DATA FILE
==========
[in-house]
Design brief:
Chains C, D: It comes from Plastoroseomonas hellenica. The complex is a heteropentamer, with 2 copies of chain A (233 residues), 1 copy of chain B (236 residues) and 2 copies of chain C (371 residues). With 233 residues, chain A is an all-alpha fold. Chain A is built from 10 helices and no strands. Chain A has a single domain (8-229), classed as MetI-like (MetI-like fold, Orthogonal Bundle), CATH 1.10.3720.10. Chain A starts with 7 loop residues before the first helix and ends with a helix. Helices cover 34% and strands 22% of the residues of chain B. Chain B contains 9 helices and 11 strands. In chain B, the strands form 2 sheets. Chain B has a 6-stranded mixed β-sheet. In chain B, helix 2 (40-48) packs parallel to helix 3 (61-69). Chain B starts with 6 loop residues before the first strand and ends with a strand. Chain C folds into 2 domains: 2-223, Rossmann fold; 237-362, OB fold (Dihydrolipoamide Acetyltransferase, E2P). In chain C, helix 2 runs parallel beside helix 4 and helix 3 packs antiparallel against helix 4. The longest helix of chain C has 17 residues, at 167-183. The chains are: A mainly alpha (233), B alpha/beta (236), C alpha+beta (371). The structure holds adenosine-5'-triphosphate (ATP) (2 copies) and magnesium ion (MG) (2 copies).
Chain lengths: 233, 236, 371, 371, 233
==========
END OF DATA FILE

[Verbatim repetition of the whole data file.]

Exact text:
[in-house]
Design brief:
Chains C, D: It comes from Plastoroseomonas hellenica. The complex is a heteropentamer, with 2 copies of chain A (233 residues), 1 copy of chain B (236 residues) and 2 copies of chain C (371 residues). With 233 residues, chain A is an all-alpha fold. Chain A is built from 10 helices and no strands. Chain A has a single domain (8-229), classed as MetI-like (MetI-like fold, Orthogonal Bundle), CATH 1.10.3720.10. Chain A starts with 7 loop residues before the first helix and ends with a helix. Helices cover 34% and strands 22% of the residues of chain B. Chain B contains 9 helices and 11 strands. In chain B, the strands form 2 sheets. Chain B has a 6-stranded mixed β-sheet. In chain B, helix 2 (40-48) packs parallel to helix 3 (61-69). Chain B starts with 6 loop residues before the first strand and ends with a strand. Chain C folds into 2 domains: 2-223, Rossmann fold; 237-362, OB fold (Dihydrolipoamide Acetyltransferase, E2P). In chain C, helix 2 runs parallel beside helix 4 and helix 3 packs antiparallel against helix 4. The longest helix of chain C has 17 residues, at 167-183. The chains are: A mainly alpha (233), B alpha/beta (236), C alpha+beta (371). The structure holds adenosine-5'-triphosphate (ATP) (2 copies) and magnesium ion (MG) (2 copies).
Chain lengths: 233, 236, 371, 371, 233